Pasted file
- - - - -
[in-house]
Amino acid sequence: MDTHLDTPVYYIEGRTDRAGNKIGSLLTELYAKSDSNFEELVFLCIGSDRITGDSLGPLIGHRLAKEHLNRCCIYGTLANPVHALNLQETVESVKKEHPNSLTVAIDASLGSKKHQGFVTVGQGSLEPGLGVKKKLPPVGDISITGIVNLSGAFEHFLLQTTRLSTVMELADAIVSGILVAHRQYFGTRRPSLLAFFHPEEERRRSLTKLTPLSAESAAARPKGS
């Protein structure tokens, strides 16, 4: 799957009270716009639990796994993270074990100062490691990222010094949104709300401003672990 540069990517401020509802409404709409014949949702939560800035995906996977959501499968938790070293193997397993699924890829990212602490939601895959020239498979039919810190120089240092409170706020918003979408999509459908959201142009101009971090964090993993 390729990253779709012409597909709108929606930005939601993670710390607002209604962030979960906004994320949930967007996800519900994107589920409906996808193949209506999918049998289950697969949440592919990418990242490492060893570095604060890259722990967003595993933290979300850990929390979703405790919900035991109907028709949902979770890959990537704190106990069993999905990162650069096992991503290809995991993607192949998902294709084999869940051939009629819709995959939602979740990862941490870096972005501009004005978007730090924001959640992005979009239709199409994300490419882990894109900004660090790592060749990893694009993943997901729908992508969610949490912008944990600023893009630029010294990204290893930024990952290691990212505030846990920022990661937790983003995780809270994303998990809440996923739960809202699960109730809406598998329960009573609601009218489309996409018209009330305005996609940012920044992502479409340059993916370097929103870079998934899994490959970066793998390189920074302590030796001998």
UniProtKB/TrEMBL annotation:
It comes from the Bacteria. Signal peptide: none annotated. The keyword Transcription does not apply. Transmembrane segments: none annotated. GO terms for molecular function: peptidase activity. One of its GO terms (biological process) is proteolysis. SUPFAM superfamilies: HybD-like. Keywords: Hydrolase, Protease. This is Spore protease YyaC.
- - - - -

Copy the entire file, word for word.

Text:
[in-house]
Amino acid sequence: MDTHLDTPVYYIEGRTDRAGNKIGSLLTELYAKSDSNFEELVFLCIGSDRITGDSLGPLIGHRLAKEHLNRCCIYGTLANPVHALNLQETVESVKKEHPNSLTVAIDASLGSKKHQGFVTVGQGSLEPGLGVKKKLPPVGDISITGIVNLSGAFEHFLLQTTRLSTVMELADAIVSGILVAHRQYFGTRRPSLLAFFHPEEERRRSLTKLTPLSAESAAARPKGS
């Protein structure tokens, strides 16, 4: 799957009270716009639990796994993270074990100062490691990222010094949104709300401003672990 540069990517401020509802409404709409014949949702939560800035995906996977959501499968938790070293193997397993699924890829990212602490939601895959020239498979039919810190120089240092409170706020918003979408999509459908959201142009101009971090964090993993 390729990253779709012409597909709108929606930005939601993670710390607002209604962030979960906004994320949930967007996800519900994107589920409906996808193949209506999918049998289950697969949440592919990418990242490492060893570095604060890259722990967003595993933290979300850990929390979703405790919900035991109907028709949902979770890959990537704190106990069993999905990162650069096992991503290809995991993607192949998902294709084999869940051939009629819709995959939602979740990862941490870096972005501009004005978007730090924001959640992005979009239709199409994300490419882990894109900004660090790592060749990893694009993943997901729908992508969610949490912008944990600023893009630029010294990204290893930024990952290691990212505030846990920022990661937790983003995780809270994303998990809440996923739960809202699960109730809406598998329960009573609601009218489309996409018209009330305005996609940012920044992502479409340059993916370097929103870079998934899994490959970066793998390189920074302590030796001998």
UniProtKB/TrEMBL annotation:
It comes from the Bacteria. Signal peptide: none annotated. The keyword Transcription does not apply. Transmembrane segments: none annotated. GO terms for molecular function: peptidase activity. One of its GO terms (biological process) is proteolysis. SUPFAM superfamilies: HybD-like. Keywords: Hydrolase, Protease. This is Spore protease YyaC.